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< Back to current issue of Immigration Daily

Bloggings on Political Asylum

by Jason Dzubow

Refugees Who Served With US Military Seek Burial in Veterans’ Cemetery

During the Vietnam War, thousands of Hmong people fought as allies of the United States against the Communist government of Laos.  An estimated 10% of the Hmong population of Laos–about 30,000 people–was killed during the war, and over 100,000 were displaced.  Now, Military.com reports that Hmong veterans who have resettled as refugees in the United States are seeking burial in U.S. military cemeteries.  Hmong leader Chue Chou Tchang testified at the Minnesota State House:

We were American soldiers fighting alongside American soldiers….  We fought like brothers.  We died together.  Coming to this country, we’d like to rest with the American soldiers that fought with us.

One way to honor foreign veterans who served with the U.S. military: Name a beer after them.

Because of a United Nations agreement not to commit American troops to Laos in the early 1960s, the CIA launched a covert operation of training and funding Hmong soldiers, first to retrieve the bodies of pilots whose planes had crashed and then to block supplies and attack North Vietnamese and Communist troops.  The Hmong soldiers fought bravely and won the respect of their American comrades.  

The main arguments against burying the Hmong fighters in U.S. military cemeteries are that the cemeteries are exclusively for people who served in the United States Armed Forces (as opposed to allied forces) and that there is limited space.  Based on a quick review of the comments on Military.com, it seems many veterans who served during the war believe the Hmong should be granted burial in military cemeteries.

Last year, after Vang Pao, an important Hmong general died, he was refused burial at Arlington National Cemetery.  However, a few months after his death, a U.S. Army Honor Guard participated in a memorial service for the General and other Hmong veterans at Arlington (though the Hmong veterans were not buried there).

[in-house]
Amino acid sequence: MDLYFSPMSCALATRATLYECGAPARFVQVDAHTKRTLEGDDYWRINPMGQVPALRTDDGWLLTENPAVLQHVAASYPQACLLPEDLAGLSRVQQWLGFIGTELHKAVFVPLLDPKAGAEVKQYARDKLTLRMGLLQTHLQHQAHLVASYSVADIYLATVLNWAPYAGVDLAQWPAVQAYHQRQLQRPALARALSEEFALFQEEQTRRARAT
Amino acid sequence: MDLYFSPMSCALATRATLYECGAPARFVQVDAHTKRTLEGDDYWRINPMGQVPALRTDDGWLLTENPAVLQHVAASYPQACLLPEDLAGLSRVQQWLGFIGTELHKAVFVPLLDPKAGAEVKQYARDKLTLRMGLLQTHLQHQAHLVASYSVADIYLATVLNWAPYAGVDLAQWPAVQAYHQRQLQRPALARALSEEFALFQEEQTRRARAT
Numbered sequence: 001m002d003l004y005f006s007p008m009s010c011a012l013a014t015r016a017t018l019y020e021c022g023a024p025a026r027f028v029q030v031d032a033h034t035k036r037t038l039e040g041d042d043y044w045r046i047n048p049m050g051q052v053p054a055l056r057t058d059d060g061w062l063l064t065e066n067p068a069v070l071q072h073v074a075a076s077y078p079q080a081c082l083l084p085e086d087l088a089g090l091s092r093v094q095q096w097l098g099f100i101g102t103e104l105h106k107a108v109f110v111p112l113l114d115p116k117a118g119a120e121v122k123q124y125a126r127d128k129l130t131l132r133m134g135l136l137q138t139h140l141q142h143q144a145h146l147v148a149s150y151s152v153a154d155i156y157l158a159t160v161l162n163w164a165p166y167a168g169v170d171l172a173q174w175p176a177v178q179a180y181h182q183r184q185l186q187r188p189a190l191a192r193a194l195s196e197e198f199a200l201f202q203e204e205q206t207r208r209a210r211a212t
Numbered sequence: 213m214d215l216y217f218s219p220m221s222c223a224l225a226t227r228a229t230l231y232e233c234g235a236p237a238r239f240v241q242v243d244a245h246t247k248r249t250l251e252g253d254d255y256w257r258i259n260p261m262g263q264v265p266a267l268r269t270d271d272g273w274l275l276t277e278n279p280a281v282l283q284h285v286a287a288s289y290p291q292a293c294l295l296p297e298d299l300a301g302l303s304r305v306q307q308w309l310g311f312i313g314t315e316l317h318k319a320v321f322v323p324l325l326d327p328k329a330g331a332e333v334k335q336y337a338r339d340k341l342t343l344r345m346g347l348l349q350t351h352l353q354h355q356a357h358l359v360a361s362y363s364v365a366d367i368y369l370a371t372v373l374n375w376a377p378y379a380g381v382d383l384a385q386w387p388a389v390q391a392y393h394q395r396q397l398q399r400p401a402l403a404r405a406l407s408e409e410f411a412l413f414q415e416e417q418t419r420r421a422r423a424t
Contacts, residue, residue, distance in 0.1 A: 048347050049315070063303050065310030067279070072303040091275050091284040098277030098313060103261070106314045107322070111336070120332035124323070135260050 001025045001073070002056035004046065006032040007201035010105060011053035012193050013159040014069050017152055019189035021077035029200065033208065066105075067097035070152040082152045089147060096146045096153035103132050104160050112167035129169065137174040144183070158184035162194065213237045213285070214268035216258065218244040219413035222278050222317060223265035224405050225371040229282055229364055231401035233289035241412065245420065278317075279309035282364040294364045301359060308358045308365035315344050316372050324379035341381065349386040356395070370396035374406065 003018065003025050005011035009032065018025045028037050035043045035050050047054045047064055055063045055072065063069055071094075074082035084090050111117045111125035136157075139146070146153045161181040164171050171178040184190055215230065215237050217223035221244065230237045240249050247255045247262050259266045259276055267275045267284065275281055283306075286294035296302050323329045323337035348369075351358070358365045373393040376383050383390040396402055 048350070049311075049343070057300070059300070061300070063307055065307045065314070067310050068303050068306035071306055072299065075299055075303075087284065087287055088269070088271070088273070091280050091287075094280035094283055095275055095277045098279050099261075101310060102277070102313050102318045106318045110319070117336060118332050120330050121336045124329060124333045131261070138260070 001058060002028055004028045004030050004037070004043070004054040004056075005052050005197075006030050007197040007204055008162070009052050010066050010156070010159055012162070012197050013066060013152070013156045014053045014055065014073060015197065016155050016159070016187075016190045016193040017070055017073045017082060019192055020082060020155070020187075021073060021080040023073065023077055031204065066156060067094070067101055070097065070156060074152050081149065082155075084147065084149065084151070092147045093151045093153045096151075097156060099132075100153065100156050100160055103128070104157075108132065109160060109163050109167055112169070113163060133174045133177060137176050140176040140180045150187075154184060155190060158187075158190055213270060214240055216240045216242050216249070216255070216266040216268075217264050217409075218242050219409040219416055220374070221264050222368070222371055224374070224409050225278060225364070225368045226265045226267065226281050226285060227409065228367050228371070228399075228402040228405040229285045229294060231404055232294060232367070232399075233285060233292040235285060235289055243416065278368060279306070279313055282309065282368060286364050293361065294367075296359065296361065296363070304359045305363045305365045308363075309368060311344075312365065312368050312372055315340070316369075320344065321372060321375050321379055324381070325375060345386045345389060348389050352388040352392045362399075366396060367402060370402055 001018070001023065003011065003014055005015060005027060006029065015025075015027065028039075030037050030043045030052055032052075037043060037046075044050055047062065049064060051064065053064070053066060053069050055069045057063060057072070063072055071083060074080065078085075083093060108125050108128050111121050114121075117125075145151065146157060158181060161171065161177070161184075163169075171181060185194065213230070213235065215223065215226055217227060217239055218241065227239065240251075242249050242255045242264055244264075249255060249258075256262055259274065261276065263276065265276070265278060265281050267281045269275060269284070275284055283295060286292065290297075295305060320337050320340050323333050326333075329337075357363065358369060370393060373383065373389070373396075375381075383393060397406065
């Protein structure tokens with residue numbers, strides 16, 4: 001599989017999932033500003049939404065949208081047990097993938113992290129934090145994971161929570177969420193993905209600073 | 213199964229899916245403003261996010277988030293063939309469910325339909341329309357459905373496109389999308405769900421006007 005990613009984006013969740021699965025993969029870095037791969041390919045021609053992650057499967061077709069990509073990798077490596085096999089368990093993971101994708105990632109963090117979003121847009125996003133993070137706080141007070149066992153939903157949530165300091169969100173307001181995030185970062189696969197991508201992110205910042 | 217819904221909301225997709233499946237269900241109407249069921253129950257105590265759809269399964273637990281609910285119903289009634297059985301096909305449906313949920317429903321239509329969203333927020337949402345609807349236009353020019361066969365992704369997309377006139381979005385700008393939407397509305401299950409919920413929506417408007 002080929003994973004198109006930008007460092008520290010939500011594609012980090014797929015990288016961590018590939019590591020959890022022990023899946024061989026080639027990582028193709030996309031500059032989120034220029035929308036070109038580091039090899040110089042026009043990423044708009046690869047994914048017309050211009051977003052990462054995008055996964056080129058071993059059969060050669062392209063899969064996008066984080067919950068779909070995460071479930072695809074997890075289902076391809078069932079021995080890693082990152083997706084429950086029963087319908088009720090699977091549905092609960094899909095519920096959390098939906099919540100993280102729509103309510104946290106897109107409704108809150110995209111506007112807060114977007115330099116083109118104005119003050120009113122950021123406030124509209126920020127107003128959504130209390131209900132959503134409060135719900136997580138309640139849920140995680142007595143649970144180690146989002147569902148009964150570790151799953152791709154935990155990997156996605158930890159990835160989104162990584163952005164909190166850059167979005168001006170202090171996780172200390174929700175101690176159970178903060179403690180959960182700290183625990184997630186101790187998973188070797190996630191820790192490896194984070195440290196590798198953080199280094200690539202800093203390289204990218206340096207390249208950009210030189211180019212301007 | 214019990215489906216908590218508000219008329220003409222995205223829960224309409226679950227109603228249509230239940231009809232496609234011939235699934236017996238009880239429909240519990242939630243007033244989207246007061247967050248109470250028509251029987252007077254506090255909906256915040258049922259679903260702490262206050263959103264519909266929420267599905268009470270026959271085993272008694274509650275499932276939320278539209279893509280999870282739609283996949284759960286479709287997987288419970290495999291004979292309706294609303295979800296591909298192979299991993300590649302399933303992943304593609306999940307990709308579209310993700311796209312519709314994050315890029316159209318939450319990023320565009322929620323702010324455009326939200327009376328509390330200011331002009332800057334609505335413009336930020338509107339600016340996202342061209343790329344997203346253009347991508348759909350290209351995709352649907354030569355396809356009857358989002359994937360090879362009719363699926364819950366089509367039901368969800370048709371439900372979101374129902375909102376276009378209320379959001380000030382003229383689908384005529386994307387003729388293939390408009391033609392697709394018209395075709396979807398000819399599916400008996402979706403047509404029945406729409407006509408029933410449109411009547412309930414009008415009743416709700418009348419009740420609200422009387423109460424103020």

It seems unlikely that the policy on burial will change any time soon, so holding ceremonies like the one for General Vang Pao seems like a respectful way to honor our foreign allies who fought–and sometimes died–with us. 

Given the number of foreigners who served (and continue to serve) with the U.S. military, my guess is that we will see this issue raised again and again in the future.  I have represented a number of people who worked with the U.S. military and who then had to flee their homelands–from Afghanistan, Iraq, and Laos.  The military should develop a consistent policy to deal with such people when it comes to burial and other veterans’ benefits.  The model used in the case of General Vang Pao seems like a reasonable way to handle the issue of burial, but it needs to be consistently applied to all our foreign allies.  Like our own veterans, we owe our foreign allies a great debt, and we need to do right for them all.

Originally posted on the Asylumist: www.Asylumist.com.


About The Author

Jason Dzubow's practice focuses on immigration law, asylum, and appellate litigation. Mr. Dzubow is admitted to practice law in the federal and state courts of Washington, DC and Maryland, the United States Courts of Appeals for the Third, Fourth, Eleventh, and DC Circuits, all Immigration Courts in the United States, and the Board of Immigration Appeals. He is a member of the American Immigration Lawyers Association (AILA) and the Capital Area Immigrant Rights (CAIR) Coalition. In June 2009, CAIR Coalition honored Mr. Dzubow for his Outstanding Commitment to Defending the Rights and Dignity of Detained Immigrants.


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